Posted on Leave a comment

The Sanibel Snakes Are Gone by Elaine A. Powers, Author

I have spent a lot of time in South Florida, nearly every year since I was born. I remember seeing massive Eastern Diamondback Rattlesnakes crossing the road. All the cars would stop and we’d get out and watch as the magnificent snakes slithered across, unconcerned by the humans nearby.

Curled rattlesnake
Image by Usman Khaleel (Moe) from Pixabay

My father, a physician, correctly diagnosed a bite a neighbor had received while working under his trailer at the RV park we stayed in. The man thought he had been bitten by a spider, but my father told him to proceed immediately to the ER, since he had been in fact been bitten by a Pygmy Rattler. This correct diagnosis saved the man’s hand. When I worked at J.N. Ding Darling National Wildlife Refuge, I was privileged to see several Eastern Coral Snakes. These shy snakes were rarely seen.

Consequently, I thought Ft. Myers and Sanibel would be good places to peddle my book about rattlesnakes. I was surprised and saddened to learn that the native venomous snakes are no longer found in the area. Sadly, Eastern Coral Snakes have not been documented since 2002.

What a tremendous loss to the ecosystems.

Would a book like Don’t Me Rattle! have made a difference? Maybe if people had been educated, they would have worked to preserve these species. We’ll never know now.

But you can help educate people about the value of rattlesnakes, which eat insects and rodents we humans don’t like. And tell them their venom is actually a digestive aid and their only defense if something tries to hurt them. The rattle-sound is meant to warn, not to scare—just step away and avoid a meeting.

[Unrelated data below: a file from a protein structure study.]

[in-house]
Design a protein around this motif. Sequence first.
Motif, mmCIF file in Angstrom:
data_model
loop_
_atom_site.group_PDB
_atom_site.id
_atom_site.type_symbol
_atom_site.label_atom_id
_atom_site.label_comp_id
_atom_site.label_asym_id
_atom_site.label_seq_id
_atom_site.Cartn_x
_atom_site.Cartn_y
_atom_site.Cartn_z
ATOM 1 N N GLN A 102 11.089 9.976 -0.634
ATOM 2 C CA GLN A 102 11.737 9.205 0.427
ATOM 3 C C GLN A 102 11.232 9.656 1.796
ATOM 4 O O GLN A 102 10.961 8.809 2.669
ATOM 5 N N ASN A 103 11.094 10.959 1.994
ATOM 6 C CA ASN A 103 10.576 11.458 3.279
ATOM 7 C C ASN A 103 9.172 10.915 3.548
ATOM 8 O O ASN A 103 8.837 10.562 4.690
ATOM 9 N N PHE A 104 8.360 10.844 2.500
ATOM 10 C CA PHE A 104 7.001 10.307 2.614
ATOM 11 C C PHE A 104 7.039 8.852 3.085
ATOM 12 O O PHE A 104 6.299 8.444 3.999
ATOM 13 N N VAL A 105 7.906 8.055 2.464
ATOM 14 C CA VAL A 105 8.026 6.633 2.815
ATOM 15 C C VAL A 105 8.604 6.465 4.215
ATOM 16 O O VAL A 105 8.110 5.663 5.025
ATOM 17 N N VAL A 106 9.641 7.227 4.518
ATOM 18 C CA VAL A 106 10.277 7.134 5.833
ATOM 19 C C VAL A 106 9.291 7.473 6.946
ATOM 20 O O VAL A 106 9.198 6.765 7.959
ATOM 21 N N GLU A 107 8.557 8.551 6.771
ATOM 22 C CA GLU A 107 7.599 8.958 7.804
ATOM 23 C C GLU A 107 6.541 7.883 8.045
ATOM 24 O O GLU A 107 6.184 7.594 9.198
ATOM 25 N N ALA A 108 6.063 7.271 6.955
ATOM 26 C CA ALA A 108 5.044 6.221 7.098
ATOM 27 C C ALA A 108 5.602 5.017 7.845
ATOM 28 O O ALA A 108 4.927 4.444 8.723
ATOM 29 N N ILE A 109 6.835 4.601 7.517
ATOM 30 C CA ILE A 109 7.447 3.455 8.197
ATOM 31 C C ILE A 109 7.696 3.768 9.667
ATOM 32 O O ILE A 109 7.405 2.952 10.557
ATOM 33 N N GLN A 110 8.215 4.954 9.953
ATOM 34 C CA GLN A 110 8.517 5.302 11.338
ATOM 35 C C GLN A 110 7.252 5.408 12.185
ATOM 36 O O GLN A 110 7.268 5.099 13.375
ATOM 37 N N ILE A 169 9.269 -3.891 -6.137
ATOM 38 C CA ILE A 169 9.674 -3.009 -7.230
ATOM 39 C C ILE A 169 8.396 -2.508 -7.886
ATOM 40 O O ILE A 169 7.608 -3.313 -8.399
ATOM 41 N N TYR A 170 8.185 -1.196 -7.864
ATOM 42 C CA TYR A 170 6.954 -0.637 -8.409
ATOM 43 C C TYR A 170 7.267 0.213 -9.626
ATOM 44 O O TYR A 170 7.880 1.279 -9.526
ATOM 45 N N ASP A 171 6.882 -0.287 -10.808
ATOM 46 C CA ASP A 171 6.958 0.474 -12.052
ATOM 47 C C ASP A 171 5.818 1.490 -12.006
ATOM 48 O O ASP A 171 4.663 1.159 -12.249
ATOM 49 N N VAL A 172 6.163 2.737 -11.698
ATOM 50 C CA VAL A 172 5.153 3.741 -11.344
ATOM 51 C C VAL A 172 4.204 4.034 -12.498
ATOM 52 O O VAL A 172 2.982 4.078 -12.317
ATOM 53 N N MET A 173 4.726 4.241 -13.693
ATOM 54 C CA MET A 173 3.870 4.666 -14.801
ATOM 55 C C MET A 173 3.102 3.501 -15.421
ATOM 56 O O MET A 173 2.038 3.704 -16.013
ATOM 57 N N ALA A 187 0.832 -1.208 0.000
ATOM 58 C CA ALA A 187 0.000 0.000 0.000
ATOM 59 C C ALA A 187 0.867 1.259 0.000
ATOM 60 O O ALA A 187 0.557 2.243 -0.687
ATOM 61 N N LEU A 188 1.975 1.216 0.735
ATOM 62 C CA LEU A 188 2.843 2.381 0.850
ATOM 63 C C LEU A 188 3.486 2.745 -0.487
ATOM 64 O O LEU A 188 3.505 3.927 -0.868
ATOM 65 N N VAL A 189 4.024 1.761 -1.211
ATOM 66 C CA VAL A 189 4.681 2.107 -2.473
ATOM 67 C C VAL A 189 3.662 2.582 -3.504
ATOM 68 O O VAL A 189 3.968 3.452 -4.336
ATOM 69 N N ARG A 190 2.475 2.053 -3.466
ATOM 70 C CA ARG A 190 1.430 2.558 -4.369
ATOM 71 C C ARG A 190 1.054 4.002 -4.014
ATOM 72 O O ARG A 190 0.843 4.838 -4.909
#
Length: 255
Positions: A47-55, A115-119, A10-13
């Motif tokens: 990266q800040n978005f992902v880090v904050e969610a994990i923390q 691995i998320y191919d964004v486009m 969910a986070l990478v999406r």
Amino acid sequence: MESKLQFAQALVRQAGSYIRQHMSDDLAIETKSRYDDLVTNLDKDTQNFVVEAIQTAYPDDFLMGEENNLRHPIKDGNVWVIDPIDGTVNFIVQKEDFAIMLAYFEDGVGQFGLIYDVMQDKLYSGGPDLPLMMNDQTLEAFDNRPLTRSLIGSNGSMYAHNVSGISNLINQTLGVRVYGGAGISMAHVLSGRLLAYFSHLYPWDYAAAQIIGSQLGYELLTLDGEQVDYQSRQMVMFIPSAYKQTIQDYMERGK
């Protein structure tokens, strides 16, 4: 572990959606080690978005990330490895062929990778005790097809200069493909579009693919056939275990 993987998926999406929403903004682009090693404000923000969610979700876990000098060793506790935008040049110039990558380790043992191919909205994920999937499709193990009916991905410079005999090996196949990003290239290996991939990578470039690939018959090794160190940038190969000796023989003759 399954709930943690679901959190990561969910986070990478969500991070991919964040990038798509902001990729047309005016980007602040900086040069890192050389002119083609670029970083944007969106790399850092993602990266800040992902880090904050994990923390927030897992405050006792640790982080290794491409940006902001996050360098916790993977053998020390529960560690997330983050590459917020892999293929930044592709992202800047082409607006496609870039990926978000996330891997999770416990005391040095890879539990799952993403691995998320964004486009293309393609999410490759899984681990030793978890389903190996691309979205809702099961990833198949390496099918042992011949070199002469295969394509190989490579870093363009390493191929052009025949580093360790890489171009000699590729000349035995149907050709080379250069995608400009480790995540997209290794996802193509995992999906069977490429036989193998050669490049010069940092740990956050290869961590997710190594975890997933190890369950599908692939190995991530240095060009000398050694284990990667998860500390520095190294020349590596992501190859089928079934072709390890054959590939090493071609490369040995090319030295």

Not only is Don’t Make Rattle! filled with educational and entertaining information, you’ll find a Western Diamondback Rattlesnake workbook and a U.S. Rattlesnake coloring pages book on the LyricPower.net website.

A book cover, with a Native American 'feel,' and a painting of a Western Diamondback Rattlesnake

a white and light blue book cover with an image of a western diamondback rattlesnake

yellow book cover with rattlesnake image and list of workbook pages

Posted on Leave a comment

Why Does the Tortoise Go Out in the Rain? By Elaine A. Powers, Author

a tortoise on wet patio
Heading out to catch some rain drops!

It’s the start of monsoon season here in the Sonoran Desert. When the rain begins to fall, the tortoise comes out of her den. Why? Is it because she’s afraid the water will rush into her underground den and fill it up?

No, she comes out because it’s time to drink. The desert tortoise finds a depression in the ground where the water collects. Then she drinks and drinks and drinks until her bladder is full.

I’ve tried putting out dishes of water for my tortoise, but she won’t drink from a source where the water is still.  Sometimes, I pretend to be a storm and rain down water from my hose.

It’s a truly wonderful thing when it rains in the desert. We should all be more like the tortoise and go out and drink it in!

Here I am reading Don’t Call Me Turtle! to Myrtle.

If you’d like to know more about tortoises, check out my rhyming book, Don’t Call Me Turtle! My tortoise, Myrtle, asked me to write about the differences between turtles and tortoises because everyone kept calling her Myrtle the Turtle. She’d finally had enough! She likes her book a lot, perhaps just a smidge more than my young readers!